In addition to data management, political organizers have been key in the development and use of social media to advance electoral and issue-based campaigns. While sometimes defamed as “hashtag activism” or “slacktivism,” the reality is that Twitter, Tumblr, and Facebook have all played significant roles in amplifying movements3 —and in helping to bring about real change. President Obama’s 2008 campaign used Facebook to identify potential voters—and donors—both by connecting current supporters to their friends who were not regular voters and by giving people ways to show support for the campaign by constantly pushing out shareable social media content. State Senator Wendy Davis trended with #standwithwendy, during her nowfamous filibuster of abortion restrictions in the Texas state legislature. The #blacklivesmatter hashtag has brought national attention to instances of local police violence that were rarely covered by the media, in years gone by.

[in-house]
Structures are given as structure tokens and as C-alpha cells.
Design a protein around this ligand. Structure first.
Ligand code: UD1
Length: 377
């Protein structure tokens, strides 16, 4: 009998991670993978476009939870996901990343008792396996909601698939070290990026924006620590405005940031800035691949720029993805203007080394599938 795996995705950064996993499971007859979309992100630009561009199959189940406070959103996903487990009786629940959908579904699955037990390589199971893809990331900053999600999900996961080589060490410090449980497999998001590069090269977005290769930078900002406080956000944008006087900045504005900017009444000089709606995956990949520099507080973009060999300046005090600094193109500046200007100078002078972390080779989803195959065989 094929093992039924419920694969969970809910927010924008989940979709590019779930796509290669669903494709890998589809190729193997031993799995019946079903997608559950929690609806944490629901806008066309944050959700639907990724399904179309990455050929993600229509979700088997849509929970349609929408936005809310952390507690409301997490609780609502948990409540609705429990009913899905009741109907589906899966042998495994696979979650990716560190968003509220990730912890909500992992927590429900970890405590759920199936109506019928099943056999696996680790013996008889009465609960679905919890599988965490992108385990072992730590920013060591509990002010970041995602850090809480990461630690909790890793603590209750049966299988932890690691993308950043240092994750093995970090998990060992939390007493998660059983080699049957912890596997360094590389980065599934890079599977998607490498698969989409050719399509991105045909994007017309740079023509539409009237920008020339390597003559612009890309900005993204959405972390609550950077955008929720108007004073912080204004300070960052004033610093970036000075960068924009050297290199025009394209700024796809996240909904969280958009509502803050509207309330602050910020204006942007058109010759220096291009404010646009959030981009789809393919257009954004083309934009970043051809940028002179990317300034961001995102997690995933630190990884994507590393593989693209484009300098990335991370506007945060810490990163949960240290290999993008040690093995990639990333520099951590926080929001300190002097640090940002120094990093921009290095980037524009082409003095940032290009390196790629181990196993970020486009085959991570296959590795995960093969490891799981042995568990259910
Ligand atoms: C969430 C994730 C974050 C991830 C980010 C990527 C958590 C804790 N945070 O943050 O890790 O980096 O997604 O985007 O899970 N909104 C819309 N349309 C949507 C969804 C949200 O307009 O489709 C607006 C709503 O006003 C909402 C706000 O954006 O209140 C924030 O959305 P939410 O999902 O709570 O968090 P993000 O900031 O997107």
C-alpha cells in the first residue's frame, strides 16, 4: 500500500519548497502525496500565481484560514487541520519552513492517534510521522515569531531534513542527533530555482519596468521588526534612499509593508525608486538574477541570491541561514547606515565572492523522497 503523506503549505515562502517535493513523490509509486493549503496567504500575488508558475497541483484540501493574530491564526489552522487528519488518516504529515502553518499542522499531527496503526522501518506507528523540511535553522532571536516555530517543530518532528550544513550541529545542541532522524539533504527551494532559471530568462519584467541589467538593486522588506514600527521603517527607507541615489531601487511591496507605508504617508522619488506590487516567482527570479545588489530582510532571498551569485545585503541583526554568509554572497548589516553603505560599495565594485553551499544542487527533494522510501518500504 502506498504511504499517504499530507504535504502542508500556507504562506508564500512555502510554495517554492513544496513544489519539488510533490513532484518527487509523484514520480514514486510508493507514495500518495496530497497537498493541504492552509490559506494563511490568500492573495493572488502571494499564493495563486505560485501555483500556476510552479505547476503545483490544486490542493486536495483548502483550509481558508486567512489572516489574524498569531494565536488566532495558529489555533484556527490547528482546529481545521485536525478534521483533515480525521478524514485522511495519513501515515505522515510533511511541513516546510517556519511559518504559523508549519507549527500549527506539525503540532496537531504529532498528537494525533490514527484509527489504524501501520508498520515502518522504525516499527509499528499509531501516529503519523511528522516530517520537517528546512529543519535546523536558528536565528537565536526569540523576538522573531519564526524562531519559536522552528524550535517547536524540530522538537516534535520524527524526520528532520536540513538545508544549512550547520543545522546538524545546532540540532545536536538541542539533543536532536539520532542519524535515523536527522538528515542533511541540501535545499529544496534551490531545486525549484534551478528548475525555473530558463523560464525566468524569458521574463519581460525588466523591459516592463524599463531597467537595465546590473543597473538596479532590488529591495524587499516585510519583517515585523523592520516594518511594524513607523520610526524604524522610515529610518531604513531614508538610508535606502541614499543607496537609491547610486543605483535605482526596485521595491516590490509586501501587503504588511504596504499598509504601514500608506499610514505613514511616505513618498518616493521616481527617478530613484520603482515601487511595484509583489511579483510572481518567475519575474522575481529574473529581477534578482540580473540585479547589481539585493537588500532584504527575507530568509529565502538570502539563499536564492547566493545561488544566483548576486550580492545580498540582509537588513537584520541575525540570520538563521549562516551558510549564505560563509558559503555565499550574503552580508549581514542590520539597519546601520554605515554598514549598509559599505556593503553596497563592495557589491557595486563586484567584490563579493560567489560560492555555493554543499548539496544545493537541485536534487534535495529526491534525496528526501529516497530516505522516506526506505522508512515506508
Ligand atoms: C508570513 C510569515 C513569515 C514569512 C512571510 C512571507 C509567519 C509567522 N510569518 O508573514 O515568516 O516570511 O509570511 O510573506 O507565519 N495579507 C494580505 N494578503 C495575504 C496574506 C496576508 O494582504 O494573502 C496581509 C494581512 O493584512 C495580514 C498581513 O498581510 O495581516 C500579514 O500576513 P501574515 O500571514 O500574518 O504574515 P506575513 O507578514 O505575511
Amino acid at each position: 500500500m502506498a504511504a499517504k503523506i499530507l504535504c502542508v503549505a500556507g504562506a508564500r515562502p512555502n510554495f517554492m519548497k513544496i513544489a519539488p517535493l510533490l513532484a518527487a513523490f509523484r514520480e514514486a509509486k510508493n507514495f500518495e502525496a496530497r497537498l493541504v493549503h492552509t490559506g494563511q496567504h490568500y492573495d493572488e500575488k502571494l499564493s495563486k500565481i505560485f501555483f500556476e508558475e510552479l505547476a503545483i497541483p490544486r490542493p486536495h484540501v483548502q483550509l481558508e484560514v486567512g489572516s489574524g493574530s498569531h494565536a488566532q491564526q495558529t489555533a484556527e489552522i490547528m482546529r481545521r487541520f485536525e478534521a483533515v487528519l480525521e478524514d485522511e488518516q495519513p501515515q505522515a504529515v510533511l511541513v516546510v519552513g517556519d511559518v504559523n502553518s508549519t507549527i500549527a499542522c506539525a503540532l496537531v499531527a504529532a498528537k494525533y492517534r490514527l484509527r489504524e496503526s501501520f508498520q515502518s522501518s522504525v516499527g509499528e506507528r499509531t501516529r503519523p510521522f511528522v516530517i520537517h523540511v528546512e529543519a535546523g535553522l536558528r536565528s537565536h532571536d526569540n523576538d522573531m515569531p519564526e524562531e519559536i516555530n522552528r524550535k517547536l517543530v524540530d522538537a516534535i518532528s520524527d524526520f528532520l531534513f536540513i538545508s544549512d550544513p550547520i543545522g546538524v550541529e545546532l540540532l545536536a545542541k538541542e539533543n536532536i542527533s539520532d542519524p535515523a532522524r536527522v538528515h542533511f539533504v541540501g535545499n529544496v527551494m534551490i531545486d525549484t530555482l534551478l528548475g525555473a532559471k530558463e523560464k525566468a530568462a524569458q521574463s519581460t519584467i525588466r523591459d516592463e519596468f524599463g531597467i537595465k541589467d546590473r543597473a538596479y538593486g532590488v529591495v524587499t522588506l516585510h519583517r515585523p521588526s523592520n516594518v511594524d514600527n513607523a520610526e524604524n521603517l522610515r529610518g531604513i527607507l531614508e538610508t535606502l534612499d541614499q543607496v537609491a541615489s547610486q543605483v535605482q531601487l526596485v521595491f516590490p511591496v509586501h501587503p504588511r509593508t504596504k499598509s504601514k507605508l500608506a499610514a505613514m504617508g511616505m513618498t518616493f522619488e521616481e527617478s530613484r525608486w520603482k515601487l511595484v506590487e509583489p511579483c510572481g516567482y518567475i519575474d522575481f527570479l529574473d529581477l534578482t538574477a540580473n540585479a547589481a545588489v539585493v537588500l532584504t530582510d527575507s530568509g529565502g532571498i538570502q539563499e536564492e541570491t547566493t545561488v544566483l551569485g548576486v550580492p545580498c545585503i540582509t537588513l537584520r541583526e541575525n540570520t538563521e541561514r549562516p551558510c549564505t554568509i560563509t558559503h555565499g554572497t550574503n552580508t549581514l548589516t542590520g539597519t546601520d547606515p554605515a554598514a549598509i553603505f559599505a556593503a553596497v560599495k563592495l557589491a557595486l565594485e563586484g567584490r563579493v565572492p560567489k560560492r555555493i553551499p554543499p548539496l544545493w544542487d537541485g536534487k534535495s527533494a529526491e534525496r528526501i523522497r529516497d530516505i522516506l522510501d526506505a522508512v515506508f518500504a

There have been some examples of U.S. labor organizers using hashtags to successfully bring attention to their campaigns—the #fightfor15, #caringacrossgenerations and #ourwalmart are three good examples in the United States, while the #zerohours has done well for U.K. campaigners—but these have mostly been launched as parts of efforts that are not seen as traditional labor organizing or representational campaigns (in that the main demand is not limited to an exclusive group of workers who are employed by one specific employer). The use of social media by younger organizers, or those who are in the alt-labor movement, belies the idea that is put forward by some older trade unionists that millennials and younger adults do not care about economic justice organizing.